Bee Gees’ Robin Gibb is gravely ill, hospitalized, reports say
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Singer and songwriter Robin Gibb -- who with his brothers, Maurice and Barry, made up the Bee Gees -- is gravely ill in a London hospital, according to British media reports.
Although past reports have said he was battling liver cancer, Gibb has not acknowledged that publicly. Until recently Gibb, 62, seemed to be making what he called a ‘spectacular’ recovery from surgery to remove a growth from his colon.
Then, late last month he was hospitalized for intestinal surgery.
According to the Sun newspaper, which cited a family friend Saturday, he now is in a coma.
The newspaper and the Press Association news agency said family members including wife Dwina and brother Barry were at his bedside.
Maurice Gibb, Robin’s fraternal twin, died at 53 of complications due to a twisted small intestine, which an autopsy determined was a congenital condition.
In August 2010, Robin Gibb had surgery for the same sort of blockage.
Gibb’s publicist, Doug Wright, declined to comment, but Gibb’s son has acknowledged that the 62-year-old musician is seriously ill in a hospital.
In a career that peaked with the disco music of 1977’s ‘Saturday Night Fever,’ the Bee Gees have sold more than 120 million records. Closely associated with disco, the Bee Gees were also prime targets for the backlash against the genre.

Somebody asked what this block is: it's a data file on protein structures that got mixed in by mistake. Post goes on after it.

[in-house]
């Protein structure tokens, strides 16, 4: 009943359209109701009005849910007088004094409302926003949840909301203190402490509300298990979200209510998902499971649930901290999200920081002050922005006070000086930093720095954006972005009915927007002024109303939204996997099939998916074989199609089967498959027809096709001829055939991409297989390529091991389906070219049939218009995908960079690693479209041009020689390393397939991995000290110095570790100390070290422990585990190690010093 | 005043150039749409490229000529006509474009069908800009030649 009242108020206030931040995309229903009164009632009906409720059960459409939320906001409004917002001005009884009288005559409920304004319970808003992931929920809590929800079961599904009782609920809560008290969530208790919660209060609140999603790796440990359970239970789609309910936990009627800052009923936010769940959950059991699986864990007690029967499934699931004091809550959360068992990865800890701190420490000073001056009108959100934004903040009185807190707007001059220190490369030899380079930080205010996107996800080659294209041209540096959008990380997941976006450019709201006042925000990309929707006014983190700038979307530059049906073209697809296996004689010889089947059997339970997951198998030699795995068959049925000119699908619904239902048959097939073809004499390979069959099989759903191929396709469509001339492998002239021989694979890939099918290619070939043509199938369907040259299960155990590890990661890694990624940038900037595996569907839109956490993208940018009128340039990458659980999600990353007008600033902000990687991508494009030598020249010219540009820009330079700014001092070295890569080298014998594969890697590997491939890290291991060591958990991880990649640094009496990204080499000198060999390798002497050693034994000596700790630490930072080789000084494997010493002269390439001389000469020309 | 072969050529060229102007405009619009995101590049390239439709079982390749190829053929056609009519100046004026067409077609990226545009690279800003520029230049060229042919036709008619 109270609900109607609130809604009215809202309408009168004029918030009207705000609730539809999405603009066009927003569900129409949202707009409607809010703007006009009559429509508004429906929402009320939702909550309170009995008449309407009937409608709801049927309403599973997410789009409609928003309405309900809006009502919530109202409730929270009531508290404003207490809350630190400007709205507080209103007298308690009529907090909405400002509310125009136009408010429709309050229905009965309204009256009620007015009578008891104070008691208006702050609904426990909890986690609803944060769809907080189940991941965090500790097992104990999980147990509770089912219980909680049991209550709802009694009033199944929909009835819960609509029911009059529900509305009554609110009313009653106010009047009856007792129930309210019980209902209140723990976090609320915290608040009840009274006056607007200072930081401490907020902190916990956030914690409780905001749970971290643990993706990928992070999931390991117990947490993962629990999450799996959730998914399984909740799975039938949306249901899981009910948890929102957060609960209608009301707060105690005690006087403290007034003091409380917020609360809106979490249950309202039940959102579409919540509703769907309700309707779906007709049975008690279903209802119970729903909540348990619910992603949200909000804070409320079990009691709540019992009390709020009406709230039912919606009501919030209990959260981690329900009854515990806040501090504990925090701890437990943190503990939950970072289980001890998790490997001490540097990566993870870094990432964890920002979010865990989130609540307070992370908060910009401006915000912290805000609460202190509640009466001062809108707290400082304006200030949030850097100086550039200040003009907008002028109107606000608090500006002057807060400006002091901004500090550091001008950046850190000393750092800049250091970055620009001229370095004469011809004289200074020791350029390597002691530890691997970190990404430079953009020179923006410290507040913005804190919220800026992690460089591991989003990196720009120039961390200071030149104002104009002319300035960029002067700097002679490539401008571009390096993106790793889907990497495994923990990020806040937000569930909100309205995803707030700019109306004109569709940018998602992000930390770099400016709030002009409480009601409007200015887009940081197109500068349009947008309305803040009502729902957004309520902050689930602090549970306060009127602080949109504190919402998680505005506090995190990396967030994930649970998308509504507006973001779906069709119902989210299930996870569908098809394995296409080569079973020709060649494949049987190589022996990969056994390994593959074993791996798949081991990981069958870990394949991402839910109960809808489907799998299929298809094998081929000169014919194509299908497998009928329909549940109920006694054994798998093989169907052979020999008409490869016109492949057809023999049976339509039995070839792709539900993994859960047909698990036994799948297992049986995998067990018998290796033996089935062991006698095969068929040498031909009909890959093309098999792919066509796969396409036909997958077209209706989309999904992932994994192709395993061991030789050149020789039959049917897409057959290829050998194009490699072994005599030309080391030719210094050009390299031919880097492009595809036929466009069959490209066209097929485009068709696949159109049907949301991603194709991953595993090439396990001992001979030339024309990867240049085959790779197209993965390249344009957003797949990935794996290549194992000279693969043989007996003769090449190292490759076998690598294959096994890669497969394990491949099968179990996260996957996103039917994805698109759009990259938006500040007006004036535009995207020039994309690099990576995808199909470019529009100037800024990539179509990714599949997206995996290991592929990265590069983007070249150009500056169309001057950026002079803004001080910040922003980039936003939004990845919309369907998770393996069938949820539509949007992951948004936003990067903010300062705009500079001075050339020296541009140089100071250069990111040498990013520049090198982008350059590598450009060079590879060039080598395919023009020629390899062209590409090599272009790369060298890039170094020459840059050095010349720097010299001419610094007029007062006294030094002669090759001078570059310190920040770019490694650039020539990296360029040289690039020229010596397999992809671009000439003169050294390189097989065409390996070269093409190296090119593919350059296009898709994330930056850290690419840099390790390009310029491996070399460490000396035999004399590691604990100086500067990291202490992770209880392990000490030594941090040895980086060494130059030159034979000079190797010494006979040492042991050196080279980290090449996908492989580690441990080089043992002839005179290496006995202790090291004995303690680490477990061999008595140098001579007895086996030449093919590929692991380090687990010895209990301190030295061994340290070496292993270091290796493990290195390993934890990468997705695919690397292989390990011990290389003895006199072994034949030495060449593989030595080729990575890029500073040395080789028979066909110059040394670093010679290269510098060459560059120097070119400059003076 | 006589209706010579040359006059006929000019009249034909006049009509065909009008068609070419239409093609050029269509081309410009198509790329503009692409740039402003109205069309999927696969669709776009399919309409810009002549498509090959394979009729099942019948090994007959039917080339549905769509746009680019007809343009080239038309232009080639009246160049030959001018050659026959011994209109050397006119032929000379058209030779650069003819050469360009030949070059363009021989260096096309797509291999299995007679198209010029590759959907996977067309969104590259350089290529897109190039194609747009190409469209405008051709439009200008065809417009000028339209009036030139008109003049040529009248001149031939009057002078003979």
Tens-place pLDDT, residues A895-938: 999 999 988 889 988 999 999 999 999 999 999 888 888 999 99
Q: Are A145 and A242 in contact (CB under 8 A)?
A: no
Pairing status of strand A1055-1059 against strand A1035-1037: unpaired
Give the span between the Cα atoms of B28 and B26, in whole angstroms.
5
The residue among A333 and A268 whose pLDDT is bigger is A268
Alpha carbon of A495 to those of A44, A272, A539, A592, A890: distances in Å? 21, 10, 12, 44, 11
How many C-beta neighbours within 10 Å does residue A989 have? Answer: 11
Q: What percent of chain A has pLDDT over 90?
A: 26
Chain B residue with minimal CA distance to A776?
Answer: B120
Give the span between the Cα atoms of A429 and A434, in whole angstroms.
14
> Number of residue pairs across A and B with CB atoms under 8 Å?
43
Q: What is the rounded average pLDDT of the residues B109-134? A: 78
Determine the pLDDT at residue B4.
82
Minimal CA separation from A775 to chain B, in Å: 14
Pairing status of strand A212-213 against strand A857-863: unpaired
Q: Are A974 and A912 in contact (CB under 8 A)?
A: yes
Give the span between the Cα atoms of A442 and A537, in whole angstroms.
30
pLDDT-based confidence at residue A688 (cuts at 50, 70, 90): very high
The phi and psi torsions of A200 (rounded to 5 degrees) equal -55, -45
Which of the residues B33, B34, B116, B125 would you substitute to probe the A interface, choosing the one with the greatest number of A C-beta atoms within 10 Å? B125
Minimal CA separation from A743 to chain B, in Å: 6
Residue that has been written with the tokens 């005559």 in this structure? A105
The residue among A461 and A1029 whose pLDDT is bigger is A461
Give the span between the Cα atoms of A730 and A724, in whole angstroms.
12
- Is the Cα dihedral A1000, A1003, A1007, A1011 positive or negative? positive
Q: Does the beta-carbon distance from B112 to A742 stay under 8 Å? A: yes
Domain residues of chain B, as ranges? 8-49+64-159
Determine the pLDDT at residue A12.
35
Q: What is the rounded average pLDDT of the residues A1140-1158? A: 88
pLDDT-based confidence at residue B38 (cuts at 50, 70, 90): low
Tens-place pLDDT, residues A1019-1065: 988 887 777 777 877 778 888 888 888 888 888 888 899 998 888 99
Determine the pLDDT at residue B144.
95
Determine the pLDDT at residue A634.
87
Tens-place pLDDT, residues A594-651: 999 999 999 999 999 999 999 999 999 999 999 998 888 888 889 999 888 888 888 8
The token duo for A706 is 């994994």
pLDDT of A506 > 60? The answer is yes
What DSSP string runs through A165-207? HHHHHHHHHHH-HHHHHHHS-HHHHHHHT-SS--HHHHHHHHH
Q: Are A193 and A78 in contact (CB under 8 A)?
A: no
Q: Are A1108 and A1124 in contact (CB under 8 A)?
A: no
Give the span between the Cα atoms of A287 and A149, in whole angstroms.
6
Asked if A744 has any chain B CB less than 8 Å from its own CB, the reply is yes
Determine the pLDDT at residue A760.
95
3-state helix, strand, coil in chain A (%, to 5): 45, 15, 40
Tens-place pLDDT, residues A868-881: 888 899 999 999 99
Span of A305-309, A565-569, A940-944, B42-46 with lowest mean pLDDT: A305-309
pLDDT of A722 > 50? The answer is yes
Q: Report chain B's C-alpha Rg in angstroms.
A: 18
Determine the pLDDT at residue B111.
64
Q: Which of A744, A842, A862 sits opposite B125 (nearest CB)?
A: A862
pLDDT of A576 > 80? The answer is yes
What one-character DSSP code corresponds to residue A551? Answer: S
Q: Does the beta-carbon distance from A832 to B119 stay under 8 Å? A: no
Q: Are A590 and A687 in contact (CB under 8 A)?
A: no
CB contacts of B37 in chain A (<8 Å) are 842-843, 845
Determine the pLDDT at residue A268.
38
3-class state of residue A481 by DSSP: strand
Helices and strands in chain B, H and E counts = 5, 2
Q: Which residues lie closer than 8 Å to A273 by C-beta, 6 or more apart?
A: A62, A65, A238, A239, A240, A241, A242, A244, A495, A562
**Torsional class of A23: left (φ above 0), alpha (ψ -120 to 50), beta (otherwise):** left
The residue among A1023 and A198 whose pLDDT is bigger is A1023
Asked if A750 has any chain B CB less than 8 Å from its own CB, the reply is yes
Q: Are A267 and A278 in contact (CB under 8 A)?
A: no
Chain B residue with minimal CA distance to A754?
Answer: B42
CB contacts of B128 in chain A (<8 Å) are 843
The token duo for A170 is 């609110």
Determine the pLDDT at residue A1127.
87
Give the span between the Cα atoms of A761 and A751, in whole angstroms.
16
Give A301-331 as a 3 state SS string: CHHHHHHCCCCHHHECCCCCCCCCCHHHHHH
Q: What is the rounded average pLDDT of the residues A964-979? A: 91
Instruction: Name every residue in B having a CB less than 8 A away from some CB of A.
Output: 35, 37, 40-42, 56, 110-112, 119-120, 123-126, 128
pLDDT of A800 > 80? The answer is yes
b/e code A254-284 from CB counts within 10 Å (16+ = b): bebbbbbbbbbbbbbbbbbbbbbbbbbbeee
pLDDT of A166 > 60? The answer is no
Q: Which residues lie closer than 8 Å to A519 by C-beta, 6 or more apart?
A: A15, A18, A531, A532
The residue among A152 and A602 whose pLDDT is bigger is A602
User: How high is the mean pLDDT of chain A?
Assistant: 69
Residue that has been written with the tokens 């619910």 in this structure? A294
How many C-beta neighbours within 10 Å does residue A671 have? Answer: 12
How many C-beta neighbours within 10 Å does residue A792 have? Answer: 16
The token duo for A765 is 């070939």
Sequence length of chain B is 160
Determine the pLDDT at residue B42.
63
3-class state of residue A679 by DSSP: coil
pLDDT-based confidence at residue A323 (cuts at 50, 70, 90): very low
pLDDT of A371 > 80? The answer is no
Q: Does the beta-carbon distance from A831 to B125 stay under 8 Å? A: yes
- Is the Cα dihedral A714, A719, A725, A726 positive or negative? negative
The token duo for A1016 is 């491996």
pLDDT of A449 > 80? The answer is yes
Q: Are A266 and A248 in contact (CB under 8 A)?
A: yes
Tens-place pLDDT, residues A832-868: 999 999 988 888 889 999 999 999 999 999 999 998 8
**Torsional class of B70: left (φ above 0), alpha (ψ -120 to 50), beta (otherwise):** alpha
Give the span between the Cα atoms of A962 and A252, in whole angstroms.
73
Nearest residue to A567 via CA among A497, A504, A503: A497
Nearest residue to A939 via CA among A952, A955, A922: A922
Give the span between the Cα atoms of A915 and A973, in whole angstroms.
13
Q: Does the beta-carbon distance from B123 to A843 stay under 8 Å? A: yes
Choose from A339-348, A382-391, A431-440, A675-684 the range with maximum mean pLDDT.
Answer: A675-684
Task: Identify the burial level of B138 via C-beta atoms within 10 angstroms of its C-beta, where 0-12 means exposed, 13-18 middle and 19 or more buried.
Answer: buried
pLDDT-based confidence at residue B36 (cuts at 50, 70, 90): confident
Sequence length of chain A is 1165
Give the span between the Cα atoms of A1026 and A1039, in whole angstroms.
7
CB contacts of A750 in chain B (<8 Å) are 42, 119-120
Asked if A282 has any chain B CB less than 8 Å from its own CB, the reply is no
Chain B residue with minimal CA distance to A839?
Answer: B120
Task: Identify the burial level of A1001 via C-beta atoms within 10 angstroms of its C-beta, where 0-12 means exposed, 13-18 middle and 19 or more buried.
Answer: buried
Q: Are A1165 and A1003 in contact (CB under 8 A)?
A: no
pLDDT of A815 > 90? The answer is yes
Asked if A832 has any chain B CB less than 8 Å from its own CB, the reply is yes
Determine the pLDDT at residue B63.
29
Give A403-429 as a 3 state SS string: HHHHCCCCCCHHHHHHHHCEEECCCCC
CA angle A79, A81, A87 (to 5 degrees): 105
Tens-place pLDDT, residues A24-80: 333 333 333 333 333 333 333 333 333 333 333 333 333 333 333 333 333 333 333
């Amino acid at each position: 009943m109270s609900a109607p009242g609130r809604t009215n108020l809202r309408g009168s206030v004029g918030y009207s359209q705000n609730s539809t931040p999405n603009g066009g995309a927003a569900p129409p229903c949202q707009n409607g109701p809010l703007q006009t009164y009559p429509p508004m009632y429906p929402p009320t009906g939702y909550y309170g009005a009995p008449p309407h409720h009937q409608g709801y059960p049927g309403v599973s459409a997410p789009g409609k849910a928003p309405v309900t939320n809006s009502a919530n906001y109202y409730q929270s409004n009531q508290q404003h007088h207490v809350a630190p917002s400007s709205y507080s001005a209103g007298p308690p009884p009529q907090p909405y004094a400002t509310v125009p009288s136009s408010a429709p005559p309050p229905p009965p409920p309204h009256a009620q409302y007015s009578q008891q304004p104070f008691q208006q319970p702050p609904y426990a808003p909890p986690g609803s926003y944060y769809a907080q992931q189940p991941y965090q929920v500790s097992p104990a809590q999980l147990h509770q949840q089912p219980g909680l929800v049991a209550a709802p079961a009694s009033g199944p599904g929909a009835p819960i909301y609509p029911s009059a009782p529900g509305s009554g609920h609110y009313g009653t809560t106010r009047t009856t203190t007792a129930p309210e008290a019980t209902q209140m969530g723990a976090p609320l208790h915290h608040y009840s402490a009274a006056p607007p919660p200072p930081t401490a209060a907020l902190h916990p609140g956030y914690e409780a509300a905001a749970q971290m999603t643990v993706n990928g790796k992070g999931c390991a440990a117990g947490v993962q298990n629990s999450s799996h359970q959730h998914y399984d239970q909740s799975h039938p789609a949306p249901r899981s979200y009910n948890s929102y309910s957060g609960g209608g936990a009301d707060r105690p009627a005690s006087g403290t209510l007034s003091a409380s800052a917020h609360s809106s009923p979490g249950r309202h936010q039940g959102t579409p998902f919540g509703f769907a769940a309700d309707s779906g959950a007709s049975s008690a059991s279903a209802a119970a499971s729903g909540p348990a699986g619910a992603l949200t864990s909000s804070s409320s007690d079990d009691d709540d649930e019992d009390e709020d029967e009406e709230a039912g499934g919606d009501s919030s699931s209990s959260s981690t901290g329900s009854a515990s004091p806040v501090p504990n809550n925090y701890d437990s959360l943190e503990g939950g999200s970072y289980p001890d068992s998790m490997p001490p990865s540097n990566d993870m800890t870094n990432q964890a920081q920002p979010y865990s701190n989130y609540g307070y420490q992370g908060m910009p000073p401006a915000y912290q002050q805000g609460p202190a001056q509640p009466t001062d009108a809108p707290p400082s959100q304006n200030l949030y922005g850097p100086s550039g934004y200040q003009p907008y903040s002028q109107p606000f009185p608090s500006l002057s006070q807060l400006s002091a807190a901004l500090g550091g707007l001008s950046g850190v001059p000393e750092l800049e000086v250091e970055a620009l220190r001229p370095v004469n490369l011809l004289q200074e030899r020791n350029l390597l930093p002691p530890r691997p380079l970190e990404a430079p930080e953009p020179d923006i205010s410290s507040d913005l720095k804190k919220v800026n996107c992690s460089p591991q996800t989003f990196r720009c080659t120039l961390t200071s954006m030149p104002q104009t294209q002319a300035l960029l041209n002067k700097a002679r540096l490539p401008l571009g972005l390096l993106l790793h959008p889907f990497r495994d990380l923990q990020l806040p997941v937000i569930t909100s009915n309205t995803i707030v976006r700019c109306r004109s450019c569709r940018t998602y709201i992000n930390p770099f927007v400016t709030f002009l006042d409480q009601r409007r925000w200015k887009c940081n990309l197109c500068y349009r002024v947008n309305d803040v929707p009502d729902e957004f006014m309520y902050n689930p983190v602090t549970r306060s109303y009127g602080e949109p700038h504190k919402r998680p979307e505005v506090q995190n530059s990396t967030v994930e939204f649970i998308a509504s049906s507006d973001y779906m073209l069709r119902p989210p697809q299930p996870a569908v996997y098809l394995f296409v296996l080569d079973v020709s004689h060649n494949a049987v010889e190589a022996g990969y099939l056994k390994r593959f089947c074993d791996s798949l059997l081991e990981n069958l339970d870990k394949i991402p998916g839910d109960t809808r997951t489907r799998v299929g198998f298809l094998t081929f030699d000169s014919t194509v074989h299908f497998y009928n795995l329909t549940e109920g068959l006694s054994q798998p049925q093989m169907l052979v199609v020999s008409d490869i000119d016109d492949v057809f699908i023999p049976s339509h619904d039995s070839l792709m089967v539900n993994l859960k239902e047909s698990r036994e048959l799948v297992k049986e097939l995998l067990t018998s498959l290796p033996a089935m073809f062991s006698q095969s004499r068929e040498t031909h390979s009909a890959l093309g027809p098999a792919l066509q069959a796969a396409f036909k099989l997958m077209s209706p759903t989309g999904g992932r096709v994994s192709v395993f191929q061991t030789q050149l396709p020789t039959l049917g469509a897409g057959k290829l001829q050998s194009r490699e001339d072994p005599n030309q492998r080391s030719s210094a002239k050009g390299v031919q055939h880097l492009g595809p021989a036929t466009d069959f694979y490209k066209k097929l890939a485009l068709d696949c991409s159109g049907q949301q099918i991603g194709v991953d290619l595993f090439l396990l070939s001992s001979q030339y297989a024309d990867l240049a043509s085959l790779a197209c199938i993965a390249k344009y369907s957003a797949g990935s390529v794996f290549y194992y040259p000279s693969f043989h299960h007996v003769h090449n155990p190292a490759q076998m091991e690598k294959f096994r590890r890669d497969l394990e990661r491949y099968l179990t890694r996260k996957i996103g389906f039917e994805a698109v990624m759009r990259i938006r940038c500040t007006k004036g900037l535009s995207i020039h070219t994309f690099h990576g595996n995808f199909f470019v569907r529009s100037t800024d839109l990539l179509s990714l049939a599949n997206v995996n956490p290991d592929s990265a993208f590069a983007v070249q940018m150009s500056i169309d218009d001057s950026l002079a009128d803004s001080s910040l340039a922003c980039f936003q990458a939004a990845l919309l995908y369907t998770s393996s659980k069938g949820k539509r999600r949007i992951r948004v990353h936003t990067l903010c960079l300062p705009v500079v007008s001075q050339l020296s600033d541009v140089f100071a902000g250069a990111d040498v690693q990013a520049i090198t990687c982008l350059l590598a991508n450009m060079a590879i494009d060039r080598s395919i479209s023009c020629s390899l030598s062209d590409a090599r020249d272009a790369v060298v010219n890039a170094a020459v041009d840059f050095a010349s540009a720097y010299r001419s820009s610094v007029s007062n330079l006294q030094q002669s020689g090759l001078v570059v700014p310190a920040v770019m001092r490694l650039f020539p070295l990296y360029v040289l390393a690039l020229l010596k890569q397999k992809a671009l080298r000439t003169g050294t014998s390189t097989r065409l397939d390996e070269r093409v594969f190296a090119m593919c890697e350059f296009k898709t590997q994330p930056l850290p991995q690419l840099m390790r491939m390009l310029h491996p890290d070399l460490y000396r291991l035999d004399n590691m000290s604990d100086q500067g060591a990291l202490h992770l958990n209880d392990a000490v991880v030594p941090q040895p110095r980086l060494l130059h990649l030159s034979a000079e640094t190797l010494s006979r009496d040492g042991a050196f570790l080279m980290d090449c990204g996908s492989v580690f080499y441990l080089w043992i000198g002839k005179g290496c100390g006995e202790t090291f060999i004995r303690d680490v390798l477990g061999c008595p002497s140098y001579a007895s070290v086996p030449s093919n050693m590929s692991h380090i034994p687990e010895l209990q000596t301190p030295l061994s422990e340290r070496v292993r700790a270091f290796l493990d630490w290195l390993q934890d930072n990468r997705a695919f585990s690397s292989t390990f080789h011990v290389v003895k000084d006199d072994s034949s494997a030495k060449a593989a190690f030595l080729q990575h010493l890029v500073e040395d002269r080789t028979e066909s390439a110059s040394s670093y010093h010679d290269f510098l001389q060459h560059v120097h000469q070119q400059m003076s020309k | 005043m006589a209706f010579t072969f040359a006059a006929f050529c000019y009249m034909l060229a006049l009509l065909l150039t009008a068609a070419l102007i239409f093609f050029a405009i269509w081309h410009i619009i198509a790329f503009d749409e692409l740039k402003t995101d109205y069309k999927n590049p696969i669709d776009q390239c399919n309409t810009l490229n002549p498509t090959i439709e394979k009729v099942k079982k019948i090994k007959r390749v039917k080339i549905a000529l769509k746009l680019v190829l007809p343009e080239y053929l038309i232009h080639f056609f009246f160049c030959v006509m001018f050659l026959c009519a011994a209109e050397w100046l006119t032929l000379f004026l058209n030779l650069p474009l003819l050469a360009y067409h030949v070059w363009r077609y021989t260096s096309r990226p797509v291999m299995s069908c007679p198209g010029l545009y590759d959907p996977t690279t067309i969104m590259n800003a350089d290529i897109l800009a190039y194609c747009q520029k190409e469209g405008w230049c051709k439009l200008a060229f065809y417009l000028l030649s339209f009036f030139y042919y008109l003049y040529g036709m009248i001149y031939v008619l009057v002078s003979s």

But many argue that dismissing the group as less-than-worthy is a mistake. In 1997, the year the group was inducted into the Rock and Roll Hall of Fame, Times music critic Robert Hilburn wrote:
‘Those views are shortsighted. Barry, Maurice and Robin Gibb injected an infectious dance floor pulse into their hits of the ‘70s, but the records had a style, individuality and grace that made them far superior to the standard disco fare of the period.’
The group has had 15 top 10 records in the United States, including six consecutive No. 1 singles in the late ‘70s, and won six Grammy Awards.
Andy Gibb, the family’s fourth brother and a solo artist, died of heart failure in 1988 at age 30 after years of struggling with cocaine addiction.
-- Times staff and wire reports